85) Because I’ve always wanted to speak a dead tongue.
86) So I can, quite strikingly, inform everyone of my position on suicide.
87) Because Paris just isn’t what it used to be.
88) Because Groucho Marx is dead.
89) Because I’ve read all the adventures of Sherlock Holmes.
90) Because weather forecasts let me down.
91) So others will follow my example.
92) To start a revolution.
93) To prove my skill, if I don’t miss.
94) For a change of friends.
95) For a change of scene.
96) To be above the law.
97) Because a well-done suicide is worth more than an average lay.
98) So I won’t die at a hospital.
99) So my blood will make a nice stain on a canvas.
100) Because I’ve got 1,000 good reasons to hate myself.

 

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Drawings & paintings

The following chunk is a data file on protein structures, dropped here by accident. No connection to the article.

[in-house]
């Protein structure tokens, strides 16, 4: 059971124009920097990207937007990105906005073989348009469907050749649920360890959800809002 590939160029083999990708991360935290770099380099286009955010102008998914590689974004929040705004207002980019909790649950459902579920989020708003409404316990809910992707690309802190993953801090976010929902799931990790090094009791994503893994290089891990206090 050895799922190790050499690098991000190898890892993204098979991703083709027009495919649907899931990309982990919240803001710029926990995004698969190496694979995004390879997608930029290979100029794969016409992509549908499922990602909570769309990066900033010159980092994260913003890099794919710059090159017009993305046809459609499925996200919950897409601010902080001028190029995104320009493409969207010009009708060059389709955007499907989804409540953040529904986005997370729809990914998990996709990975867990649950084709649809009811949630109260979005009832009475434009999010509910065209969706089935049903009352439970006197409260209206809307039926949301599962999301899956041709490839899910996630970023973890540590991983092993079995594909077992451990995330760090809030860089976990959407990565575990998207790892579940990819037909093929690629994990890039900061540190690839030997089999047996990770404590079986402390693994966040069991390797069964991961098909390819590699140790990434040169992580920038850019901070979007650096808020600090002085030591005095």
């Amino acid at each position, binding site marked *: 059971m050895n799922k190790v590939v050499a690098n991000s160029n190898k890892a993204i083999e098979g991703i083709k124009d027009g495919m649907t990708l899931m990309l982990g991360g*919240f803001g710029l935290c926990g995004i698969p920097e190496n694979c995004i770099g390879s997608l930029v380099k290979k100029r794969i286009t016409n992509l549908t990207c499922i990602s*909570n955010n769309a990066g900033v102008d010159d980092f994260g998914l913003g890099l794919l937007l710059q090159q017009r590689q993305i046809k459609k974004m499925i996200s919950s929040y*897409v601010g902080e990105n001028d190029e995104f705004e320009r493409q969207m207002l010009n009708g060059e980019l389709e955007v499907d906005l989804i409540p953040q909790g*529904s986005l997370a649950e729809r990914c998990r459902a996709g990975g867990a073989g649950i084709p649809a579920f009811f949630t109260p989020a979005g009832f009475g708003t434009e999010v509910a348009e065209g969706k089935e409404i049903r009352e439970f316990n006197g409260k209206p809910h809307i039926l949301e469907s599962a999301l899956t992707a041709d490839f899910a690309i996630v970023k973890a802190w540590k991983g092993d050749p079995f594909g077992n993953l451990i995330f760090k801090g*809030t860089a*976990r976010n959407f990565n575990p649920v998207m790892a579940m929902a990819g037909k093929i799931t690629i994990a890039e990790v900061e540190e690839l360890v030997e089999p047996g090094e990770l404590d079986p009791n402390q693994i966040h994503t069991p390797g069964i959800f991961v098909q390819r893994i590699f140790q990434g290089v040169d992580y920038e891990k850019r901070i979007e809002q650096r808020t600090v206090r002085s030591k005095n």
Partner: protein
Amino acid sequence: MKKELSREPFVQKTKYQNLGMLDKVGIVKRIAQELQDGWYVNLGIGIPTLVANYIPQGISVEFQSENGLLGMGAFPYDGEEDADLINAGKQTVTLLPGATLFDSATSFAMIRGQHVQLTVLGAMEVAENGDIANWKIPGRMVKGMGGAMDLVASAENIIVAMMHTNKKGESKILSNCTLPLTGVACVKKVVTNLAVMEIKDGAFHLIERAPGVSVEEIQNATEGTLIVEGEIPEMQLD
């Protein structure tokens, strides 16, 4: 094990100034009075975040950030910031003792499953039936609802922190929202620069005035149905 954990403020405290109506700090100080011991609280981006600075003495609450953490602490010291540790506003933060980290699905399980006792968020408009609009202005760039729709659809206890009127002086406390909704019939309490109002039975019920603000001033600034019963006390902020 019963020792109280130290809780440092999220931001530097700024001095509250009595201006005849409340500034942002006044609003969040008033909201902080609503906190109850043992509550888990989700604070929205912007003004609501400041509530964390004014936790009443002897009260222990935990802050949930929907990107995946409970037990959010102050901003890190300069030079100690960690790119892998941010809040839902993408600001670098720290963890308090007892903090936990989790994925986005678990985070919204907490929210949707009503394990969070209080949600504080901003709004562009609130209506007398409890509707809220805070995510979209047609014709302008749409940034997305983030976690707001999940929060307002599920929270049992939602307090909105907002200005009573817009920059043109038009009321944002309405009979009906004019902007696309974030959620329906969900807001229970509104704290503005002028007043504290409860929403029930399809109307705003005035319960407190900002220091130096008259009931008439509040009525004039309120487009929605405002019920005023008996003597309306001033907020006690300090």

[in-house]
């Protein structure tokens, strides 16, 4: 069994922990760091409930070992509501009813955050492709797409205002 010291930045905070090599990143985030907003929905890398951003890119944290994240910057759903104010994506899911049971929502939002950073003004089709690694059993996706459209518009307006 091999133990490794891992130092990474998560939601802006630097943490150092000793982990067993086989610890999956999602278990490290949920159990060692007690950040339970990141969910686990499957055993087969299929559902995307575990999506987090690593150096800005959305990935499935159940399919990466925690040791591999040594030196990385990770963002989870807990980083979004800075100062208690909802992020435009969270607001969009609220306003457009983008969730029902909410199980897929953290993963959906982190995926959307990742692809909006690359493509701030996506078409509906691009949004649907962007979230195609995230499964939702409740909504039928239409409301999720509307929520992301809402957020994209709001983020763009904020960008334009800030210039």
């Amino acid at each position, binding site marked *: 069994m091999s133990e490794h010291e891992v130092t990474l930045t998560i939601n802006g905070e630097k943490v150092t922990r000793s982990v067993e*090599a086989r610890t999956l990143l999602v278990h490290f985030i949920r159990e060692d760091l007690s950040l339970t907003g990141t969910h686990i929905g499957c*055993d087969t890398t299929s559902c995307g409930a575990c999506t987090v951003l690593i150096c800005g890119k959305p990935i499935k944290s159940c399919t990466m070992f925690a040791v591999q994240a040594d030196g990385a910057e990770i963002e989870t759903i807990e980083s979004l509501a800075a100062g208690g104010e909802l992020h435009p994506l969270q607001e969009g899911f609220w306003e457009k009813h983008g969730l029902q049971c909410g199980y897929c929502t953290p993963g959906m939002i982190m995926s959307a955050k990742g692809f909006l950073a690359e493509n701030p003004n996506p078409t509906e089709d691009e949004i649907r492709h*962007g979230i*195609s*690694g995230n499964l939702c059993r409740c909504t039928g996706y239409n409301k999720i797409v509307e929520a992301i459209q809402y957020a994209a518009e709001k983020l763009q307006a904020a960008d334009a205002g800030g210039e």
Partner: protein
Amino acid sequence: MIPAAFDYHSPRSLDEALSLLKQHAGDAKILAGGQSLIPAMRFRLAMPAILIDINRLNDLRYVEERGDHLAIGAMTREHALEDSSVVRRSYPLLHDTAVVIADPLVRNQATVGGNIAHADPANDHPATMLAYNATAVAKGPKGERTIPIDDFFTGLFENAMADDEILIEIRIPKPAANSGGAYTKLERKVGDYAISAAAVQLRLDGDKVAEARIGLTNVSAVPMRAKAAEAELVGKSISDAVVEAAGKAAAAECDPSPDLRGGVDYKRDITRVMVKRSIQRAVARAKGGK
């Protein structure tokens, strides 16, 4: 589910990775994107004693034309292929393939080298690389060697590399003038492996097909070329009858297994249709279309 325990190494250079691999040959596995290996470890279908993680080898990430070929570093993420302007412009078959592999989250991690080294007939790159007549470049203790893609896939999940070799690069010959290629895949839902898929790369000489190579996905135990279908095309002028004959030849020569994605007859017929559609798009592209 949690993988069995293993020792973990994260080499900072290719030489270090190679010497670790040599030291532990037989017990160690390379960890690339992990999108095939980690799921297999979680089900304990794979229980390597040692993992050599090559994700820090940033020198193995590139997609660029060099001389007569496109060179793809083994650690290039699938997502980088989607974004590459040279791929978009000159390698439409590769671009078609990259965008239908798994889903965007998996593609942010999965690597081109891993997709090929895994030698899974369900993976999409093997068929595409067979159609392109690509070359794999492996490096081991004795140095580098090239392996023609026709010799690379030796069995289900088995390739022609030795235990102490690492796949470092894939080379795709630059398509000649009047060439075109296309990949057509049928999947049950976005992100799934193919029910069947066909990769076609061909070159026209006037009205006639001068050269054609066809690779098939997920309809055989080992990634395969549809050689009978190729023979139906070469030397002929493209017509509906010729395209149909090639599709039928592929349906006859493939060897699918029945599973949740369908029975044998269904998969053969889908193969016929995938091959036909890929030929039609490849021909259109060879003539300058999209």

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p.s. Hey. ** Shane Christmass, Hi, Shane, good to see you. Yes, I got your email, and I meant too write back but my poor emailing skills got the worst of me. My pleasure, honor re: listing your book. That was a no brainer, so to speak. Great about your new book! I really look forward to it. ** Corey Heiferman, High five on the fellow topographic map love. Cool that those posts interested you. Well, not quite the same, but at a Nuit Blanche here a few years ago, Cai did a fireworks thing in close proximity to a recreation of Stockhausen’s piece where a number of circling helicopters ‘played’ a work by him, and they did bleed together a bit. Thanks about the gallery show. It opens tonight. I don’t like art openings, so I’m anxiously awaiting its demise. Paris is good shape if you spring for a ticket. Nice and chilly and the metro’s working again even. ** David Ehrenstein, Hi. Ha, swell quote. I jut now checked my email, and there is an email from you that was lodged in my spam folder for unknown reasons, so, yes, I have it, and thank you very much! ** Jeff J, Hi, Jeff! Sight for sore eyes and all of that! What a lovely time to be off Facebook. It is at its ultra-worst at the moment. Jeez, what an ordeal with your laptop. Glad it’s righted. I’m good. Yes, my novel has a French and a German publisher so far. And I’m ‘praying’ the US finally gets locked in ASAP, but we’ll see. I finished the dreaded ARTE TV script for now, so I have a much needed break for a month or two at least. I’m trying to finish my new GIF novel. It’s pretty close. There’s a gallery show here featuring some of my GIF fictions alongside the paintings of a French artist that opens tonight. Fundraising for Zac’s and my new film, still in the early stages. Dabbling with a new fiction idea. That’s the current deal, I guess. I hope the reading went well. How did it feel? I generally won’t read from in-progress work after a bad experience years ago, but I did read from my new novel before it was finished, and it went so well that it kind of pushed me to finish it. Hoping for something like the same for you. Sweet film program you set up there. I just made an Owen Land post for the blog. Great trio. I don’t believe I’ve seen that Brakhage. Wow, I need to. Good to see you, bud! ** Sypha, Hi. Ah, you’ve seen ‘TD,P’! Yes, it’s my favorite film of all time, in fact. A downer? Really, you think so? Ha ha. ** NLK, Hi, Nate! I’m good, thanks. Oh, wow, you interviewed Jodie Mack! I’ll be all over that pronto. Everyone, Remember that post I did a couple of days ago about the wondrous filmmaker Jodie Mack? Well, NLK aka Nathan Kouri interviewed her last year, and that should be quite a minds-meeting kind of deal, so maybe you should go read it, eh? Right here. Ah, interesting: the prospect of you teaching English here. Obviously, I urge you in that direction. It would be easier to talk Paris living in another context. Want to chat or Skype or something? Happy to. Short answer: all of central Paris is pretty liveable. There are preferred, monist desired areas of course. Integrating: depends on how integrated you want to be. I’ve lived here for almost 13 years barely speaking French, for instance, and I feel pretty integrated to the degree I want. Anyway, yeah happy to talk with you about that in more detail if you like. Let me know. ** Steve Erickson, Hi. For me Hatari was just a tiny, sort of interesting blip in a blip of interest in my brain pan, so I don’t think I even care enough to check out their album, to be honest. Nice blog you found there. Yeah, weird, remember when blogs like that were all over the place? Score. I didn’t even know Errol Morris published a book, so, no, I haven’t. There’s a very good film book shop right near my pad, so I’ll go see if they have it. Thanks! ** Bill, Hi, sir. New Pink Dots! Yeah that sounds very tasty. And ‘live’ makes it sound like a spot hitter. Cool, yeah, I’ll go indulge in that. Thanks a bunch. ** Okay. Roland Topor is a really strange and pretty great artist who was a big deal years aho and has been rather forgotten at least for the moment, so I thought I would do my part to up his thing just a little. See what you think. And see you tomorrow.